Welcome back to The Spin! Today we take a look at the concept behind the Mytheresa founders' new project, and explore what to consider when selling via third-party platforms. We also tell you, what the appearance - and disappearance - of vintage stores might indicate about the hip factor of a given neighborhood. Enjoy the read and feel free to share! Best, Ulrike


Cheap doesn't go. This Thursday, Susanne and Christoph Botschen are launching their new online destination for women's footwear, As the online luxury market is bound to triple by 2025, the founders of luxury e-shop, which sold to Neiman Marcus in September 2014, spoke (paywall; in German) to German industry magazine TextilWirtschaft about their vision, concept and eclectic mix of brands and products.


Access all areas. In the age of artificial intelligence, retailers who sell on third-party platforms have to make sure they retain (paywall) access to valuable consumer data to build and own that customer relationship. For merchants, who prefer to go digital on their own, crowd-sourcing has become an interesting tool to get Millennials to buy into their concepts and stand out from the competition.


Go your own way. Chinese Millennials are a growing consumer group for expensive luxury goods. But contrary to their older peers, they want to develop their own taste, live exclusive experiences, educate themselves and become part of a self-defined community.

Phantom thread. Compostable clothing and dissolving threads are some of the ideas, this year's Global Change nominees presented to make fast fashion more sustainable. In the US alone, more than 15 million tons of used textile waste are generated annually, and on average, Americans throw away about 80 pounds of used clothing per person each year. While synthetic clothing may take hundreds of years to decompose, natural fibers usually do so in weeks.

Old vs. new. While a sudden influx of barista cafés, vinyl shops and vintage stores can indicate the beginning of the gentrification of a previously desolate neighborhood, the opposite is also true: When that district's "swankification" gets into full swing, many of those pretty vintage stores that gave the area its character get pushed out again, usually by mass market retailers.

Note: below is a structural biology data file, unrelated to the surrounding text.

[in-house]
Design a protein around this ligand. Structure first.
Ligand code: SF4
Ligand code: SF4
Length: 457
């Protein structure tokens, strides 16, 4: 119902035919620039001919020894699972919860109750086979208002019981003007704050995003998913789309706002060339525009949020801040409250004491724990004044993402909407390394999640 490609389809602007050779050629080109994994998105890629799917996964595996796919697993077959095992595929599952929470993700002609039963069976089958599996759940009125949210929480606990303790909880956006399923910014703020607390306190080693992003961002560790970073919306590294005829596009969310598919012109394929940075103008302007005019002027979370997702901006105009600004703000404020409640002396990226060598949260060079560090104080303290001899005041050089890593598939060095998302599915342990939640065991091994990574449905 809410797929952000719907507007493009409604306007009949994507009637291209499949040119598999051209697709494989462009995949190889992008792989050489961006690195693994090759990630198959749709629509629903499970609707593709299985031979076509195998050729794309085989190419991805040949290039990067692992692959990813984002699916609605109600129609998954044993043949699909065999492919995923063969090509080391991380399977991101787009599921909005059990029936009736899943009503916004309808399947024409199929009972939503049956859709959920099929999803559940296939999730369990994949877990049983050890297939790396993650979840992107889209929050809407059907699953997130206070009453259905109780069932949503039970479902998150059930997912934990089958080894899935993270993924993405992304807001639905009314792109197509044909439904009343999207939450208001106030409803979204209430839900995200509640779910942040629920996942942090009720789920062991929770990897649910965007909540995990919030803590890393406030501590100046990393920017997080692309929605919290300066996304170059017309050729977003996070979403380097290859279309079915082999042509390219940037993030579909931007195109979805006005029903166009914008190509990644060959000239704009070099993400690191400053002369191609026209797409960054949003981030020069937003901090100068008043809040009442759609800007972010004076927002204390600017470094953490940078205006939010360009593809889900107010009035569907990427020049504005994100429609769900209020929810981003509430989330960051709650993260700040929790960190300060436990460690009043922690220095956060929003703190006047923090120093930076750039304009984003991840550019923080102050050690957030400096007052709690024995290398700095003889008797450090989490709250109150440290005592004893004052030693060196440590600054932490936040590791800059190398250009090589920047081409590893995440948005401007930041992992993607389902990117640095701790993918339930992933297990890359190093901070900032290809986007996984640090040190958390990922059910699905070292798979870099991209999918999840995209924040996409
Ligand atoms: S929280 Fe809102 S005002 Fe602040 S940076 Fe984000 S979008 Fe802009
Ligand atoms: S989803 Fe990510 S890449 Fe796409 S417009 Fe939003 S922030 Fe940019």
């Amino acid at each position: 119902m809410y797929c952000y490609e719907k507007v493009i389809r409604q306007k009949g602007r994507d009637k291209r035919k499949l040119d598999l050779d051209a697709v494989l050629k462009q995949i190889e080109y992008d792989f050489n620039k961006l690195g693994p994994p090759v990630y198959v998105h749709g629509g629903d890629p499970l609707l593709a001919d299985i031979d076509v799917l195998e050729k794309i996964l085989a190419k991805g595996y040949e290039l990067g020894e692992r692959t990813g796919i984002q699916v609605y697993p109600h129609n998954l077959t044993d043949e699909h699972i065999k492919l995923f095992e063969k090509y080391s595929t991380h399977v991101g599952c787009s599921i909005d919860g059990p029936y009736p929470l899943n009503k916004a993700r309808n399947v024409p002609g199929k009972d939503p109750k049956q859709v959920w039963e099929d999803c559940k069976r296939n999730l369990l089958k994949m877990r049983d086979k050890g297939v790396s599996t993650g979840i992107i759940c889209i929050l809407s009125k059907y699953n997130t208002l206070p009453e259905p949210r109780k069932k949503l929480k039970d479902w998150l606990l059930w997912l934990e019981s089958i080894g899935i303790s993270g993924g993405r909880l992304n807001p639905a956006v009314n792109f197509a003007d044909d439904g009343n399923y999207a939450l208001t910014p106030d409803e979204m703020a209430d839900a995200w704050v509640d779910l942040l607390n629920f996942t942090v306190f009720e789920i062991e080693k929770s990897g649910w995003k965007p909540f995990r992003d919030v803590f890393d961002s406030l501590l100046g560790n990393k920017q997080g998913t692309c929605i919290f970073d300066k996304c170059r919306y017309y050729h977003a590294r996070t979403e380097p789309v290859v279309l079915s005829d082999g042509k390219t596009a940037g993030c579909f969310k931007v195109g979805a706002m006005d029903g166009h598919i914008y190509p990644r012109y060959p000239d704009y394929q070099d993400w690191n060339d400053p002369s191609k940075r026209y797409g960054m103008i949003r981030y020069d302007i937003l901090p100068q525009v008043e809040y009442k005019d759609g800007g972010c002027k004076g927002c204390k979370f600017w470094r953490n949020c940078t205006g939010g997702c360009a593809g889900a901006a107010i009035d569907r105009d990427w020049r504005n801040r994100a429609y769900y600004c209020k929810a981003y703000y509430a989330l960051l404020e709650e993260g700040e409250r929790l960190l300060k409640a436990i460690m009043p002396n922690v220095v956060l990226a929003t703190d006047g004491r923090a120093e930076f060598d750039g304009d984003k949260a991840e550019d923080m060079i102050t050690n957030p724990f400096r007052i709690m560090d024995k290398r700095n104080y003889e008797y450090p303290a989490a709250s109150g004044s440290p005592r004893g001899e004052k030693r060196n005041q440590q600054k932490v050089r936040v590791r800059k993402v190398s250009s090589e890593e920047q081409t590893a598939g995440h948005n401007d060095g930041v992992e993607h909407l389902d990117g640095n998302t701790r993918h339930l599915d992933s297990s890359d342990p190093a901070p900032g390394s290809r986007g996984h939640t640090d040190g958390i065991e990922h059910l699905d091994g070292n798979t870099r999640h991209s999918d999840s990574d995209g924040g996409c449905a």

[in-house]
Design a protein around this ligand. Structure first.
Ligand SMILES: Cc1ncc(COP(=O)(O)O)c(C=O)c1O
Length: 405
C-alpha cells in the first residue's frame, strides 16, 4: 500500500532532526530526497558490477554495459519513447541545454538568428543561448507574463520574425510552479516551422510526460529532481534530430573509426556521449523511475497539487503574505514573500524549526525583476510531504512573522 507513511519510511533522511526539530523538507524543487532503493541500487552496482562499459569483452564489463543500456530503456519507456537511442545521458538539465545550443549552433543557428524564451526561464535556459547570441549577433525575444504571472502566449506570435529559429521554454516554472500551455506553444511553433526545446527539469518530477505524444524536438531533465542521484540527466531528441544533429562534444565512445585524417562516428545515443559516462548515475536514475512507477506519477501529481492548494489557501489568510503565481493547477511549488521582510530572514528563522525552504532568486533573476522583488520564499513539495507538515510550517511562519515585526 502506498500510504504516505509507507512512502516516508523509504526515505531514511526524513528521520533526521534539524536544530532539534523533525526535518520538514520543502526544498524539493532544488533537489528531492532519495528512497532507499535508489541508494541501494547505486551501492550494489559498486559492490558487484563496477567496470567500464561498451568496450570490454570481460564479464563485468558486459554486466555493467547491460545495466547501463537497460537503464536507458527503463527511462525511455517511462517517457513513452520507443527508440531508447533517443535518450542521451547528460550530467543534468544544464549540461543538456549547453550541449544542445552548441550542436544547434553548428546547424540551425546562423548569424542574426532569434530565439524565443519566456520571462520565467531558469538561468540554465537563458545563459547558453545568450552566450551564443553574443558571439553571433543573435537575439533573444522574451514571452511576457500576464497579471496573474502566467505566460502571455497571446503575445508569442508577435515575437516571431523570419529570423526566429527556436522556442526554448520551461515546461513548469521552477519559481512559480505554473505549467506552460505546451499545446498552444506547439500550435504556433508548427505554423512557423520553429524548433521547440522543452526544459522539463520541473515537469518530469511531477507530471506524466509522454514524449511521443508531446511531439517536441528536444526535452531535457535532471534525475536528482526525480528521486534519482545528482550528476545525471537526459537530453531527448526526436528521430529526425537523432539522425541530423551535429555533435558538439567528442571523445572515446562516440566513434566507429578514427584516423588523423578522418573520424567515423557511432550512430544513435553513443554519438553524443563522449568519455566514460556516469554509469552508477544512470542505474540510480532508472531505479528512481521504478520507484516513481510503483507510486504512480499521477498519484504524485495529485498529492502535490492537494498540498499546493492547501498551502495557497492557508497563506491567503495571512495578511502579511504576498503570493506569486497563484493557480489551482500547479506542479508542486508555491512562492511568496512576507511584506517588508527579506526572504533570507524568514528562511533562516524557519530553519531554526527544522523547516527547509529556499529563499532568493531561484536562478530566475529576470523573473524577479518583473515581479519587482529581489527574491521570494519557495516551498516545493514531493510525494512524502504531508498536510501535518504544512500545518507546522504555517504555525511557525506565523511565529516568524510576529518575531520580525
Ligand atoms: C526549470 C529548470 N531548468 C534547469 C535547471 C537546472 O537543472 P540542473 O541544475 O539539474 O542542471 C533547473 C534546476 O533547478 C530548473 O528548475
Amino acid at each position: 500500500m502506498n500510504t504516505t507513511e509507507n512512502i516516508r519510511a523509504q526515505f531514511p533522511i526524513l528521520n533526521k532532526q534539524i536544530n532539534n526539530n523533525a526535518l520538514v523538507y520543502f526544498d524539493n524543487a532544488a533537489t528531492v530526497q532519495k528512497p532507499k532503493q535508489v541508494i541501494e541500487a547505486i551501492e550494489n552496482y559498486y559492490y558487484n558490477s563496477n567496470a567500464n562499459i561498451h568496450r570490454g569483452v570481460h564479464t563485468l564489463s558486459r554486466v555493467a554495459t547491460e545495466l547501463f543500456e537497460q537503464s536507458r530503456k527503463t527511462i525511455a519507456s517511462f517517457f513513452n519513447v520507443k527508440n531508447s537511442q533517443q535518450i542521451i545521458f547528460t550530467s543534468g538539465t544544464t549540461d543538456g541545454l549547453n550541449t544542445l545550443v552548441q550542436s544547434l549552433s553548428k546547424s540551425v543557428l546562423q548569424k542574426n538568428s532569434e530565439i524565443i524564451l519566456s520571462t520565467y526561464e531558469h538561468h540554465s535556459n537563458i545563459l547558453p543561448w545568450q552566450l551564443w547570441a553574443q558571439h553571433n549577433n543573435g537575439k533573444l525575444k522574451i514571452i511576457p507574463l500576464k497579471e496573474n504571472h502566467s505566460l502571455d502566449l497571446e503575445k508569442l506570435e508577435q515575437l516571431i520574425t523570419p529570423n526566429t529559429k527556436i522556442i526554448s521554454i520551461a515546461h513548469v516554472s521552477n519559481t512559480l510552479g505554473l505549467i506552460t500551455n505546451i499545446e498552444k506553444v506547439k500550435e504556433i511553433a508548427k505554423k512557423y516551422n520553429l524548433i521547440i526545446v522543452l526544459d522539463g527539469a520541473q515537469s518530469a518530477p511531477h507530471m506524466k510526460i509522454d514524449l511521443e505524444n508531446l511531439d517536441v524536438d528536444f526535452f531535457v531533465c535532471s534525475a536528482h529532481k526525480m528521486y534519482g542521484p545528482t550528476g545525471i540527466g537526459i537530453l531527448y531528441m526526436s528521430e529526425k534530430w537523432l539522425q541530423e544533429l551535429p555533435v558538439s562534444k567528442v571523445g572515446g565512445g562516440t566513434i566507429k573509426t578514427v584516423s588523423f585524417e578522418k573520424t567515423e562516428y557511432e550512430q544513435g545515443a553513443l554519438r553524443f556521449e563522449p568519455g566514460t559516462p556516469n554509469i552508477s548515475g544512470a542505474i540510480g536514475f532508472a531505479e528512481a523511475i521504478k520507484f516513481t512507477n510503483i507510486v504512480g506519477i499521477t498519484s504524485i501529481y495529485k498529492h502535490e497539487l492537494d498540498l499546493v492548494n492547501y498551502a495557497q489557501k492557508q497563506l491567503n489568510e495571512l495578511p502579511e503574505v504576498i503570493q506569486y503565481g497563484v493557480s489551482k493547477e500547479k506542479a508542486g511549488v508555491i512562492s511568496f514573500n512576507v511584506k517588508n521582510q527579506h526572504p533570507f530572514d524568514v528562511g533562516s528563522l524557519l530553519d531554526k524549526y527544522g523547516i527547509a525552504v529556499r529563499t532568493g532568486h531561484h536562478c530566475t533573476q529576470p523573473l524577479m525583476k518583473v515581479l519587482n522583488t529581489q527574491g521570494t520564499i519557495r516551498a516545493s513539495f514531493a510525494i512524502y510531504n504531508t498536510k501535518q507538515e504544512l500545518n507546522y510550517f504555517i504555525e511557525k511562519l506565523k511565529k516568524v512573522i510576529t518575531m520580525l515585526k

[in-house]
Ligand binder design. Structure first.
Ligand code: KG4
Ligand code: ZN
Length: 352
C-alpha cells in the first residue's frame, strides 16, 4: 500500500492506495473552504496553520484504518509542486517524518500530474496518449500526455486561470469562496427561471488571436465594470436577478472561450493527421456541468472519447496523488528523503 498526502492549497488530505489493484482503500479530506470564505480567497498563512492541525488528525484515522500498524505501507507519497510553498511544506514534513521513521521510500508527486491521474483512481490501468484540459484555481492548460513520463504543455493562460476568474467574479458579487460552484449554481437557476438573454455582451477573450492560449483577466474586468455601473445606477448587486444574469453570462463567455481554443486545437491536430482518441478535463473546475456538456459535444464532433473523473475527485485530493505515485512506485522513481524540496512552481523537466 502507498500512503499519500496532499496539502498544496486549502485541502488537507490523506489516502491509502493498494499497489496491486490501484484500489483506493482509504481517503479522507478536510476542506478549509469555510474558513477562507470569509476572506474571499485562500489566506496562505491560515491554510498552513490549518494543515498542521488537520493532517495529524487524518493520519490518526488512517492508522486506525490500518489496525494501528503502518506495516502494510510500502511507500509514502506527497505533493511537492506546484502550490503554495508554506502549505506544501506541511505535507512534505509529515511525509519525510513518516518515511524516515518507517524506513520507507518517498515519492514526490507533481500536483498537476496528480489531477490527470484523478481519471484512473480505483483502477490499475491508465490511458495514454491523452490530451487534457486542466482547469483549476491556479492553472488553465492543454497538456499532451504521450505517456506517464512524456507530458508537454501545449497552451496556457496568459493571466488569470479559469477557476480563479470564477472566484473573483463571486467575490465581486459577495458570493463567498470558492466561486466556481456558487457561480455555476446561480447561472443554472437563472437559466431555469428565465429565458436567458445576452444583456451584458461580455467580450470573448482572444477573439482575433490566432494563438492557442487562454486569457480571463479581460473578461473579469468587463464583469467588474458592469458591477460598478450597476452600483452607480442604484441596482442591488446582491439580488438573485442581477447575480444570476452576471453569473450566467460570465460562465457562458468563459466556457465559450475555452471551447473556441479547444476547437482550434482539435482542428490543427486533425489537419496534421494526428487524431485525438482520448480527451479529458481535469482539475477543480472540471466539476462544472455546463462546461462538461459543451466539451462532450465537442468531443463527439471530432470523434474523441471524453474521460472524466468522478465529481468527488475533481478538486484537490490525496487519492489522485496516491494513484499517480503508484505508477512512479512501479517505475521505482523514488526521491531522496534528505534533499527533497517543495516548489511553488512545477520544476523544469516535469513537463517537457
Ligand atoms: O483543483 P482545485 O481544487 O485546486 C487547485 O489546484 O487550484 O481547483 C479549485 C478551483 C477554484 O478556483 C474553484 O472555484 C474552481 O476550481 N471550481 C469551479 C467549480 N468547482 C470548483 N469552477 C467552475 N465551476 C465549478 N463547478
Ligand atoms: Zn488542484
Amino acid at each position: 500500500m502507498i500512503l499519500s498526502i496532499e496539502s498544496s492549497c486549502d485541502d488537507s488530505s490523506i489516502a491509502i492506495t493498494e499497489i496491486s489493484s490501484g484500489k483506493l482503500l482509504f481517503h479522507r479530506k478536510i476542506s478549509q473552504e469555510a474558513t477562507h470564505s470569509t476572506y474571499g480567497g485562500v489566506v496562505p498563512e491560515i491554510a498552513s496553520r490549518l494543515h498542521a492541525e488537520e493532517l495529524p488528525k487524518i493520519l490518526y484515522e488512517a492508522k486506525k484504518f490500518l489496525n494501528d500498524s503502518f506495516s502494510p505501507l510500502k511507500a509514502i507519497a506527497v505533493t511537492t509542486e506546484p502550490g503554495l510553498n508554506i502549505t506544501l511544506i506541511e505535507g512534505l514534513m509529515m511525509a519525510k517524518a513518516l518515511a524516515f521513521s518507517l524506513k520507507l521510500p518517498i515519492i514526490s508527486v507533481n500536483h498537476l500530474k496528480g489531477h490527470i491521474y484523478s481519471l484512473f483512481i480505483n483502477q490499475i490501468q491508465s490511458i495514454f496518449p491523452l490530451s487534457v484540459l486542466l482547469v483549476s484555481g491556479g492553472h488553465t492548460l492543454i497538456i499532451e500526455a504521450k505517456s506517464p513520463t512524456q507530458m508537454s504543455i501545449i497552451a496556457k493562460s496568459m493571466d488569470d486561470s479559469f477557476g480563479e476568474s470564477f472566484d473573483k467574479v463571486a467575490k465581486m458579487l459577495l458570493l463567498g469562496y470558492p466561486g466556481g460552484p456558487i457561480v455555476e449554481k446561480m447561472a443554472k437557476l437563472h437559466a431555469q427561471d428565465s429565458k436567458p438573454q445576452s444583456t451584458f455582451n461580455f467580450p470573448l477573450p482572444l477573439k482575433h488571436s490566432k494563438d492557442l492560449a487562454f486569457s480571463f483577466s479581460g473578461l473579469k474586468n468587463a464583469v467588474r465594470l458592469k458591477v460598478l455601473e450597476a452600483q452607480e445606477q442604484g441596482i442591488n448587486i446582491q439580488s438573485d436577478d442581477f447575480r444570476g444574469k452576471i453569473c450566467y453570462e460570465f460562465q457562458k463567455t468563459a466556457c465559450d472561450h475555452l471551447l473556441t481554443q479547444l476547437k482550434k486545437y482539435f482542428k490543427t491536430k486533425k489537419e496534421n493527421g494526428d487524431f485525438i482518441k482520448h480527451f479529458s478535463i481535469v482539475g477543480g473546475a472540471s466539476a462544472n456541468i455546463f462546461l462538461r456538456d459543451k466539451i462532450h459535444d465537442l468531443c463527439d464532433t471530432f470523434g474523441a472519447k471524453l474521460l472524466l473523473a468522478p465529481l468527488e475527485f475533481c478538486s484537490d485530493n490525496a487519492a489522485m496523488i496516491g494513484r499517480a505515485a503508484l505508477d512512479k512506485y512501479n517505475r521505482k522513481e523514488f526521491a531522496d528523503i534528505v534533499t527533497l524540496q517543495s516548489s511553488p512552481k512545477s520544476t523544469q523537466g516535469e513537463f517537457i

Creative energy. Following the departure (paywall; in German) of two executives, German fashion label Gerry Weber has named Rena Marx Creative Vice President. The 52-year-old, who was previously Head of Brand at Katag's Basefield Woman and In Linea collections, will oversee (paywall; in German) Gerry Weber's Collection, Casual and Edition lines. She shares leadership with Executive Vice President Raimund Axmann. Both report to CEO Ralf Weber.

Mourning Hubert de Givenchy. The French couturier was best known for the elegant wardrobe he created for his friend and muse Audrey Hepburn, who wore his designs in famous films like Breakfast at Tiffany's. He also dressed Grace Kelly and Jacqueline Kennedy Onassis. After LVMH bought the label in 1988, he remained on board until his retirement in 1995. Hubert de Givenchy died last Saturday at age 91. He is survived by his companion, French couturier Philippe Venet.


Sqinting cat eyes. For a few months now, celebrities like Rihanna, Bella Hadid, Kim Kardashian and Kendall Jenner have balanced teeny tiny sunglasses with round, angular, yellow or rose colored lenses on their nose tips. Now, the 90s inspired "micro shades" trend is making its way into the mainstream.


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